Clichés permeate our everyday conversations, so it is natural for a few to pop up here and there in your writing. But be careful! Clichés are a danger to good writing. The problem many readers have with clichés is not that they are unoriginal expressions, but that they lack power and weaken your writing. Clichés rarely leave imprints on a reader’s mind. Good writing does the exact opposite: it excites the imagination.
Take the following example: If someone says, “It’s raining cats and dogs,” we all know what the phrase means, but the words don’t conjure up any vivid imagery. When hearing the phrase you may think, “It’s raining really hard.” Instead of using a cliché and leaving your reader with the vague and uninteresting fact that it’s raining, try instead to give them a sound and a feeling. For example, describing the rain as “slashing against the windows” conveys a feeling of anger and viciousness. Now the image becomes interesting and sets a tone for the scene.
Consider Robert Browning’s poem, “Up at a Villa – Down in the City”, in which he writes, “The wild tulip, at end of its tube, blows out its great red bell/ Like a thin clear bubble of blood…” How’s that for imagery? And what a great use of simile!
Let’s take a look at three literary devices that you can use to make your writing more interesting:
Synesthesia refers to the blending of senses. In writing, it is the practice of referring to more than one sense to describe an object, a feeling, or an idea. You could say the “icy wind,” for example, or you could say, the “bitter, blue wind.” Giving color to something that lacks it (the wind does not have a color) is one way to bring a perspective that is truly unique to your writing.
Consider the following example from the poem “The Lake Isle of Innisfree” by W.B. Yeats:
“and I shall have some peace there, for peace comes dropping slow”
In this example, the image of peace “dropping slow” mirrors the image of slowly falling raindrops. Peace, then, is like gentle rain that drops down from above. Pairing movement with an intangible, inanimate thing personifies “peace.”
This is a very familiar and often-used literary device in which an author compares two unlike things. The overuse of simile can slow down sentences and frustrate the reader, but if simile is done well, it provides the reader with a startling and unusual perspective.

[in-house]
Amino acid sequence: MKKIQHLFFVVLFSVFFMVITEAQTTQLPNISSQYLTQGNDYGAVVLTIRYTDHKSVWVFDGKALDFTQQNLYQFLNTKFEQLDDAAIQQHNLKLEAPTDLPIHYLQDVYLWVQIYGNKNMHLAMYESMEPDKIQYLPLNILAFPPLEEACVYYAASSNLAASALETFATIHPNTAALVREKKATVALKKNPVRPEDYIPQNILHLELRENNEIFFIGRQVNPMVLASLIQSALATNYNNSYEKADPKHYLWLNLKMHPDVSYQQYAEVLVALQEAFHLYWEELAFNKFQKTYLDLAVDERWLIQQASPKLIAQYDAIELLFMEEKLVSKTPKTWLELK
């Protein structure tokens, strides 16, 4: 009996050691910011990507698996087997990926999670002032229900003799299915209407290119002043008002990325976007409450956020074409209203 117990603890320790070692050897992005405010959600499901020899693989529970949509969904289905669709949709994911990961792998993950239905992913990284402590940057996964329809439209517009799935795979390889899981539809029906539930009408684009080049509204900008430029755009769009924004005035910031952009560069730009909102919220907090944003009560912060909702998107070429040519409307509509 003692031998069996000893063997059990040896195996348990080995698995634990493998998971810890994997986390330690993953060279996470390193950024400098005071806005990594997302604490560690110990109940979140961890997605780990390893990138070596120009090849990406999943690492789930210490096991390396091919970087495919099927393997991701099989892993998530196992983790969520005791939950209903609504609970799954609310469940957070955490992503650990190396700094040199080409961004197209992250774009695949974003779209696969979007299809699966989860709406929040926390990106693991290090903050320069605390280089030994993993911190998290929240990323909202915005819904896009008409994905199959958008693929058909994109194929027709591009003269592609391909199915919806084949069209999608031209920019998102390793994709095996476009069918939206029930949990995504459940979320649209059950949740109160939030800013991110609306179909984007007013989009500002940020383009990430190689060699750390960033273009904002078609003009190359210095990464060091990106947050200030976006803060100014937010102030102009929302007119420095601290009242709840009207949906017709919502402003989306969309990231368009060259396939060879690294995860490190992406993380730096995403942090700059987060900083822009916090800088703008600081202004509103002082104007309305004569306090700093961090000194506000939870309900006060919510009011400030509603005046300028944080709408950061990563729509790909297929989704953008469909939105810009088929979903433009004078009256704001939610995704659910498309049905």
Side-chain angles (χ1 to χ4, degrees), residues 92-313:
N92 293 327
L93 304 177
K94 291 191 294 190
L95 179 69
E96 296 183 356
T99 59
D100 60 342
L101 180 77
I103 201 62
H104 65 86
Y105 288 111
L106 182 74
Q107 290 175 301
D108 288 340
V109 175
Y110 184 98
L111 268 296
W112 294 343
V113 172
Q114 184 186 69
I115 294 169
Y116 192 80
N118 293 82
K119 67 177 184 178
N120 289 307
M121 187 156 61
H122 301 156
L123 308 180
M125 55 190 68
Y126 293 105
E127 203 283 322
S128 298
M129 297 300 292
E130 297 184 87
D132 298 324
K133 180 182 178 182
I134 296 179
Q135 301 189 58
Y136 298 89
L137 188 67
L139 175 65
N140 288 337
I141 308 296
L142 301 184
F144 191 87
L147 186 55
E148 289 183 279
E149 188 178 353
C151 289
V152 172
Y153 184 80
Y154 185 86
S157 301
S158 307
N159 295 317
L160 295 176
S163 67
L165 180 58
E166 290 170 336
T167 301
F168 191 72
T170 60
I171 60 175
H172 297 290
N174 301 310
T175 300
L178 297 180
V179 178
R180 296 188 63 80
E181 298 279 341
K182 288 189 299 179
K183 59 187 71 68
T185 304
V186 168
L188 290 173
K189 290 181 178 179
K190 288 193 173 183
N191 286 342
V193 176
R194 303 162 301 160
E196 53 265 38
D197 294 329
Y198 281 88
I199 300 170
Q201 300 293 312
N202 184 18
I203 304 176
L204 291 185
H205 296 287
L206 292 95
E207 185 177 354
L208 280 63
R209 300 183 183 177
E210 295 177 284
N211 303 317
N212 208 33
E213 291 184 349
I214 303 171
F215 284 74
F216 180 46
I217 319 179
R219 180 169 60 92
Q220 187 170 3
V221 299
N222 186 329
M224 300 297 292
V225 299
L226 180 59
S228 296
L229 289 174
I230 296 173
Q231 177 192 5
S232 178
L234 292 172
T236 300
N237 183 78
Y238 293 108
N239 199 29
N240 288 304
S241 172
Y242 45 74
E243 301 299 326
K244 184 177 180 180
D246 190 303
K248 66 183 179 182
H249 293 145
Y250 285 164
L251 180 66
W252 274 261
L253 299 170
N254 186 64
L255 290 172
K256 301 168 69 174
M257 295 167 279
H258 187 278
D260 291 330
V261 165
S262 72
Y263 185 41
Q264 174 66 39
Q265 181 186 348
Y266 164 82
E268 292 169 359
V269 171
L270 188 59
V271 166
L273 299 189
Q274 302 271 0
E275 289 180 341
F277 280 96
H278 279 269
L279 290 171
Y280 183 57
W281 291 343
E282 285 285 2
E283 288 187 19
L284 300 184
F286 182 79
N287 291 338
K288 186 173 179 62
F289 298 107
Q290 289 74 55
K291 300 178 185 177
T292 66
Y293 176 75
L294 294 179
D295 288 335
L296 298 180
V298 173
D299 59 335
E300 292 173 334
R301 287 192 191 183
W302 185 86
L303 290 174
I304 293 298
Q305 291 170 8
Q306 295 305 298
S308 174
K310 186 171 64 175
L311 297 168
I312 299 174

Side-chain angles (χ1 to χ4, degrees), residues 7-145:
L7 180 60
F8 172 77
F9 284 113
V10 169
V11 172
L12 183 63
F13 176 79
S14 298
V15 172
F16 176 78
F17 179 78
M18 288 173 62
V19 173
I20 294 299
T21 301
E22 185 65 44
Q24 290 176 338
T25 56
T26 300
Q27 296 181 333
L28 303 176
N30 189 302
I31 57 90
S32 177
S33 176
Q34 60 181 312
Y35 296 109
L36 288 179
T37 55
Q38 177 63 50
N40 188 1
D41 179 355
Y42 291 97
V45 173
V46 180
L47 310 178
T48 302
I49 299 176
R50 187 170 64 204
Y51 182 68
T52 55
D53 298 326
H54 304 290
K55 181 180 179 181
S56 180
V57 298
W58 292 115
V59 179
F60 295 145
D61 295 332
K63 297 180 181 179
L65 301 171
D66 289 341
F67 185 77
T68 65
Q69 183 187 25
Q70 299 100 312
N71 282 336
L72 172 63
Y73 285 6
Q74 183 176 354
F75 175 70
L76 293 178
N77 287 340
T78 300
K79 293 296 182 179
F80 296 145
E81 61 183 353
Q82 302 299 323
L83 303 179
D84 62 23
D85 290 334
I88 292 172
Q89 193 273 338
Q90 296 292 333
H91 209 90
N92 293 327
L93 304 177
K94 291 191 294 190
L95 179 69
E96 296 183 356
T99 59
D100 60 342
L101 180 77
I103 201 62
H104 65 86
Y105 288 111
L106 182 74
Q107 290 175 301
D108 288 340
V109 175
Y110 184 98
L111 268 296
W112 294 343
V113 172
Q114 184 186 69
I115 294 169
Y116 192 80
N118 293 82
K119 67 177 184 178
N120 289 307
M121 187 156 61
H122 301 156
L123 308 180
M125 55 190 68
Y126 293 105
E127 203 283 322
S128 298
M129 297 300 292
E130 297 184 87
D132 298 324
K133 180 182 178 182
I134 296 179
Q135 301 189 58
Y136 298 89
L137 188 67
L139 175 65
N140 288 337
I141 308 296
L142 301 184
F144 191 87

Consider the following example from Sylvia Plath’s novel The Bell Jar:
“…when I took up my pen, my hand made big, jerky letters like those of a child, and the lines sloped down the page from left to right almost diagonally, as if they were loops of string lying on the paper, and someone had come along and blown them askew.” (italics mine)
Katherine Mansfield gives us the following depiction of an oil painting hanging on the wall in her short story Prelude:
“A little piano stood against the wall with yellow pleated silk let into the carved front. Above it hung an oil painting by Beryl of a cluster of surprised-looking clematis. Each flower was the size of a small saucer, with a centre like an astonished eye fringed in black.”
Simile, if done well, is extremely effective in creating captivating imagery and conveying a unique perspective.
Synecdoche is the practice of referring to a part of an object or idea to describe the whole. For example, you’ve probably heard of the expression, “all hands on deck,” in which “hands” is used to refer to people.
Consider another example from Yeats. The following is an excerpt from the poem “The Scholars”:
“Bald heads forgetful of their sins, / Old, learned, respectable bald heads / Edit and annotate the lines /That young men, tossing on their beds, /Rhymed out in love’s despair”
What makes synecdoche a great literary device? It allows for one aspect of an idea or object to represent the whole, and in so doing, the part becomes a symbol of the whole.
In “The Scholars,” the “bald heads” stand for the older critics, those no longer writing, no longer “tossing on their beds” like the young men. “Bald heads” is impersonal and blank, which subtly suggests that “the scholars” are themselves no longer invested, passionate, and aware. It is an implied criticism of the scholars to refer to them simply as “bald heads.”
These are just a few examples of great writing, writing that stirs the mind and challenges the reader to a new perspective. The real detriment of the cliché is that its overuse renders it meaningless. Meaningful writing comes from a distinct perspective, however strange and unusual it may be.
Eithne Amos, Writer and Editor, Asta Publications
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